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Liu v. State

Supreme Court of Delaware

October 27, 2014

TZE POONG LIU, Defendant-Below, Appellant,
v.
STATE OF DELAWARE, Plaintiff-Below, Appellee

Submitted October 22, 2014.

Case Closed November 13, 2014.

Editorial Note:

This decision has been designated as "Table of Decisions Without Published Opinions." in the Atlantic Reporter.

Court Below: Superior Court of the State of Delaware in and for New Castle County. Cr. A. No. 88001915DI.

Before STRINE, Chief Justice, RIDGELY and VALIHURA, Justices.

ORDER

Leo E. Strine, Jr., Chief Justice.

This 27th day of October 2014, after hearing oral argument and upon consideration of the record in this case, it appears to the Court that: (1) Appellant Tze Poong Liu argues that he should receive a new trial because the State allegedly violated its duty to disclose impeaching and possibly exculpatory evidence under Brady v. Maryland.[1] " A Brady violation occurs where the State fails to disclose material evidence that is favorable to the accused." [2] " There are three components of a Brady violation: (1) evidence exists that is favorable to the accused, because it is either exculpatory or impeaching; (2) that evidence is suppressed by the State; and (3) its suppression prejudices the defendant." [3]

(2) Here, Liu did not demonstrate two of the elements necessary for there to have been a Brady violation. The supposedly suppressed evidence was a change in testimony by an important witness, William Chen, who was the husband, father, and son of the victims. The State had learned about Chen's change in testimony out of court after the second day of trial, a week before he was called to testify. Chen changed his story about his relationship with Vicky Chao, Liu's alleged accomplice. The State informed Liu of the change very soon thereafter.[4] There is no evidence in the record to suggest any misconduct or unnecessary delay on the part of the State, which immediately informed Liu's counsel of the change in testimony. Liu's counsel did not object, request a continuance, or do anything to suggest that this change would affect Liu negatively in any way. Seemingly for the sake of disposing of this matter on the ground that there was no prejudice to Liu for any delayed disclosure, the Superior Court wrote that it would assume Liu could show suppression.[5] But in our view, there was no delay, much less delay that would qualify as suppression under Brady.[6] Thus, there was no Brady violation.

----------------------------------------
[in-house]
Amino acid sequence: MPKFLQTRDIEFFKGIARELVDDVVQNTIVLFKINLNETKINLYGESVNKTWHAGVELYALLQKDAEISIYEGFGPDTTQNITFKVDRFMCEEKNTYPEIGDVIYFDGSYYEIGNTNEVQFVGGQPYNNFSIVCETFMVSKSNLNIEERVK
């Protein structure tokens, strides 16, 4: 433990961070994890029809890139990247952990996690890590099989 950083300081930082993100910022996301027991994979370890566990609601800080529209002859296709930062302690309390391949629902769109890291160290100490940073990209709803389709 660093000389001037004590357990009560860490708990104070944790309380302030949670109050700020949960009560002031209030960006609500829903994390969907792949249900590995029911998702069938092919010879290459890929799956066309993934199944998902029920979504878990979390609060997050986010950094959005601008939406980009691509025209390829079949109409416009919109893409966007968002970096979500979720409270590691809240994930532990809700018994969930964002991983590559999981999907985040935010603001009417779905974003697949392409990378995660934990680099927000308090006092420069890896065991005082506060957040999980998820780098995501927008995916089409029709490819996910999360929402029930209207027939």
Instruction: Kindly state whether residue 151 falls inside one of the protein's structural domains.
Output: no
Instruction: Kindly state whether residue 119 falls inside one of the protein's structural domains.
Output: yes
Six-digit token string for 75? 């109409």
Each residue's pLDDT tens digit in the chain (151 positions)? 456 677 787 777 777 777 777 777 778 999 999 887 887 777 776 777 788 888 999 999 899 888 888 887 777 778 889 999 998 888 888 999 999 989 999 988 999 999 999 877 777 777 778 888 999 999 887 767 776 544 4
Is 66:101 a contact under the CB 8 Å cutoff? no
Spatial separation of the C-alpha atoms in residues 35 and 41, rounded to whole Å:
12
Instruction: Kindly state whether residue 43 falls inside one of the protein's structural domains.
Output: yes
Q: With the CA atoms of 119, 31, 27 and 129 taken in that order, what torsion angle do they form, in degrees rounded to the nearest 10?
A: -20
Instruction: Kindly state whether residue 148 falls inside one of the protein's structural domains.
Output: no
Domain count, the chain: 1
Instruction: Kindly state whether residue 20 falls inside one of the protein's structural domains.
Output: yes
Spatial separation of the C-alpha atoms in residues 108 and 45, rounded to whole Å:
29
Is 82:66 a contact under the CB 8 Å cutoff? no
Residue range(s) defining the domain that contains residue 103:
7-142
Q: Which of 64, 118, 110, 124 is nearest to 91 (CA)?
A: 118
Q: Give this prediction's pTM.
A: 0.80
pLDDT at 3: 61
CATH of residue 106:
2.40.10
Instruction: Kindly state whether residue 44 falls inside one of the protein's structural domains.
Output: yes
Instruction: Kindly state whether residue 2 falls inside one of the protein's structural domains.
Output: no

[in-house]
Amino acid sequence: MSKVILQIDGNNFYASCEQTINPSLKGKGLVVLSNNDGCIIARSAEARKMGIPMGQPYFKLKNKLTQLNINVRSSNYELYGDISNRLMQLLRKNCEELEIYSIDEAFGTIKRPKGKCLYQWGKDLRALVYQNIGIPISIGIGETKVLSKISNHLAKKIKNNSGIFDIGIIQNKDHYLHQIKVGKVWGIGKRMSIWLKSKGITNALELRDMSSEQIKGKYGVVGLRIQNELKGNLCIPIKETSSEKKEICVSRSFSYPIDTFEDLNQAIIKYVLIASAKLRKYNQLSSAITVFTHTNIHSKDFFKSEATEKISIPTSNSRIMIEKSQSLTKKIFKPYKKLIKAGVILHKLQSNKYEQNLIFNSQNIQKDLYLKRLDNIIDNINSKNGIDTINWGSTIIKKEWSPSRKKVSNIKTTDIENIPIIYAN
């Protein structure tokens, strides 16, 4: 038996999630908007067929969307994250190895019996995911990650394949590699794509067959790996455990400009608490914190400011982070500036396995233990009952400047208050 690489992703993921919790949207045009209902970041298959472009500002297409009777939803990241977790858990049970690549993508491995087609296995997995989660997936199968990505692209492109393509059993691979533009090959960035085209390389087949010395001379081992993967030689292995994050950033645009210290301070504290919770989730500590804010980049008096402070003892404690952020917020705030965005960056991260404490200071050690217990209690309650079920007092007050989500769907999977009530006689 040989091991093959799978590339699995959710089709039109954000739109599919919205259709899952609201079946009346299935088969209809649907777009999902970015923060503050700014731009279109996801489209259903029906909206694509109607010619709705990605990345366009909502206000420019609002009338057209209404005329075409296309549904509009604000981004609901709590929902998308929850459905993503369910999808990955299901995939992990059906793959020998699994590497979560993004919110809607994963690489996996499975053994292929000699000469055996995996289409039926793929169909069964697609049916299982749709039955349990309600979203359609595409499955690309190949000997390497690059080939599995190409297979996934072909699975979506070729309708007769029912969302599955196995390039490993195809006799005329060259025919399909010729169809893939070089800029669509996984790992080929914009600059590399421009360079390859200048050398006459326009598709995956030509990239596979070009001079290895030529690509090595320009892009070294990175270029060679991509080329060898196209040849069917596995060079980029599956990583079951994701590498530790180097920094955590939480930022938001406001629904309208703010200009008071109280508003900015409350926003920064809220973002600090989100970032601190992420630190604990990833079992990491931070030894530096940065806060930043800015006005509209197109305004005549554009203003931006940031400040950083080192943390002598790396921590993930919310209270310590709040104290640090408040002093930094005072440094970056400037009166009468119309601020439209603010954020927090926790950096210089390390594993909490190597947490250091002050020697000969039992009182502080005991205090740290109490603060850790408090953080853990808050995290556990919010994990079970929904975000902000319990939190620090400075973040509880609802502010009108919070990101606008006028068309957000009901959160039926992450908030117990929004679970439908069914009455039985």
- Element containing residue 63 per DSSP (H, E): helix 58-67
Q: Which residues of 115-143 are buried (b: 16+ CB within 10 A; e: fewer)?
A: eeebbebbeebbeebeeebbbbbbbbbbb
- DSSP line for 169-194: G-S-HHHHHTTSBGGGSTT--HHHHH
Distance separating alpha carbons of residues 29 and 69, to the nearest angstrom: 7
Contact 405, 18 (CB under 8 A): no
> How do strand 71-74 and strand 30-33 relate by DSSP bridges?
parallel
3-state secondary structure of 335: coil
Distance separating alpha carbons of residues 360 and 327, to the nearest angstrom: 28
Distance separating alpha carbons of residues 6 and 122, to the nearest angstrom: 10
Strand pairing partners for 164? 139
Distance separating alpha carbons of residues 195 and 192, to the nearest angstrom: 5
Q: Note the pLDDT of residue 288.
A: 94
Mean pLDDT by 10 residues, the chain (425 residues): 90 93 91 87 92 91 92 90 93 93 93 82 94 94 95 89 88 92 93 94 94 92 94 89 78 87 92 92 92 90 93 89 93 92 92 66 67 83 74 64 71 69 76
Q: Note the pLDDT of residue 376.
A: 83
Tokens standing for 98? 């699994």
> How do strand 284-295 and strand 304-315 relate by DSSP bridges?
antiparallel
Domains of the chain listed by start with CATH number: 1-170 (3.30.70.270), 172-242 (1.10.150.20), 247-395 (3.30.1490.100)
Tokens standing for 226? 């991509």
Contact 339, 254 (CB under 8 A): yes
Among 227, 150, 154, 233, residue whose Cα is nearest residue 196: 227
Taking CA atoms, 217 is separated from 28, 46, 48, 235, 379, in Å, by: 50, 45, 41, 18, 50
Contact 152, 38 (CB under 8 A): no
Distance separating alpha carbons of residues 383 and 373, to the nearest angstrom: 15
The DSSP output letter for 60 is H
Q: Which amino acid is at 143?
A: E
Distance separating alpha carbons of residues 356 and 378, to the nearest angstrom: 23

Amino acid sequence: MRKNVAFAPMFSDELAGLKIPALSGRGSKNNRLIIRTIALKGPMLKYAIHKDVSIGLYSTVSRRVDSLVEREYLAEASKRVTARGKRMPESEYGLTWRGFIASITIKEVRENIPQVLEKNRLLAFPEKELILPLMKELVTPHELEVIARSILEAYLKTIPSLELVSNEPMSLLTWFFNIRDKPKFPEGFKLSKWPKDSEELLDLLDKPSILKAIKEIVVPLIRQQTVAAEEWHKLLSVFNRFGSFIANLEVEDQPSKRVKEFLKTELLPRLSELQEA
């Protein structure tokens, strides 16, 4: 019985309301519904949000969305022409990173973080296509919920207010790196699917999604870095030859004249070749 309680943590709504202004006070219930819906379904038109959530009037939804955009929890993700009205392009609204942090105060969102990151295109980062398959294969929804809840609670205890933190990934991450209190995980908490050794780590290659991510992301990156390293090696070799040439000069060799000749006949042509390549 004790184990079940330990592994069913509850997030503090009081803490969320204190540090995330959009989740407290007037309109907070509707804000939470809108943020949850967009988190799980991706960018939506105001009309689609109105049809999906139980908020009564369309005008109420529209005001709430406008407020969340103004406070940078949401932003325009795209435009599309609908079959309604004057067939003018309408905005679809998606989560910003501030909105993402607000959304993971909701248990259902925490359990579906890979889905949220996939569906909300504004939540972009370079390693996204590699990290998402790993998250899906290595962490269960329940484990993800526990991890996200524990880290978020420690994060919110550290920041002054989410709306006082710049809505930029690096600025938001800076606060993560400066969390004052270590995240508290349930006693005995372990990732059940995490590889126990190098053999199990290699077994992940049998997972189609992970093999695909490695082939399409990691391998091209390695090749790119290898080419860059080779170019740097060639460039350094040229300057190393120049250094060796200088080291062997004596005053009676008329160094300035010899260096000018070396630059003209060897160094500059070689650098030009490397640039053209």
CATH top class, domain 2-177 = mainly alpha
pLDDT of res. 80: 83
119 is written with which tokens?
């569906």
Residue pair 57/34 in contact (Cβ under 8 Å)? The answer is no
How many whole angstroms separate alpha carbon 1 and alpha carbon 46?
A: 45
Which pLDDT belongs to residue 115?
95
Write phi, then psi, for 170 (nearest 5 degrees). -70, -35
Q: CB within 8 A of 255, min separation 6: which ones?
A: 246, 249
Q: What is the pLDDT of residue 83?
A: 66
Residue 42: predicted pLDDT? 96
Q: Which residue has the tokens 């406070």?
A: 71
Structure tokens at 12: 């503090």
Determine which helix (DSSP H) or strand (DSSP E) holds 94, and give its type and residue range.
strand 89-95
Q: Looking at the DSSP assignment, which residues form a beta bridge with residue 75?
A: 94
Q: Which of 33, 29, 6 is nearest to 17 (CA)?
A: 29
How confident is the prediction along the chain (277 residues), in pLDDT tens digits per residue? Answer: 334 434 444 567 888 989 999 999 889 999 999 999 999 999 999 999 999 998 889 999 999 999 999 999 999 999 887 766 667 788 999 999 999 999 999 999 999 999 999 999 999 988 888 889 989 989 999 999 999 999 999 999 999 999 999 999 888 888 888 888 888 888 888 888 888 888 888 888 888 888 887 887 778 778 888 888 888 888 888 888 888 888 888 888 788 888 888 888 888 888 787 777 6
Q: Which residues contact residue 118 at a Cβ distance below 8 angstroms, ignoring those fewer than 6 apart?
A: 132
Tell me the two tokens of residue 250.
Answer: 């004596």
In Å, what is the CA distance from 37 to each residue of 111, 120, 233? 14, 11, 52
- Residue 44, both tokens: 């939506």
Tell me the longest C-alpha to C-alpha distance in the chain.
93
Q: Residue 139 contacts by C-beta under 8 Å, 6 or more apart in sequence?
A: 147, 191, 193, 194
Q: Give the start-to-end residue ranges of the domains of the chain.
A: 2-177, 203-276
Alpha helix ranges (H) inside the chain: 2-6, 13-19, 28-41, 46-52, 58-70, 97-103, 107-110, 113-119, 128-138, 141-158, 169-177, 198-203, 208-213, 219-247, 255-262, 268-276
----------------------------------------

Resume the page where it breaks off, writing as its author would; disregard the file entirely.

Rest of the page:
(3) We also agree with the Superior Court that there was no prejudice to Liu. The trial was held over a lengthy period.[7] Liu's counsel had two months after learning of the change in Chen's testimony before Liu's own case began. Not only that, the change in testimony was helpful to and consistent with Liu's theory of the case. The change in testimony established a fact helpful to Liu, while giving Liu's counsel a basis to have the jury believe Chen was untrustworthy. For these reasons and the reasons the Superior Court set forth in its decision of February 14, 2014,[8] Liu suffered no prejudice. Thus, Liu has failed to establish two of the three Brady elements, and there is no merit to his appeal.

NOW, THEREFORE, IT IS ORDERED that the judgment of the Superior Court is AFFIRMED.


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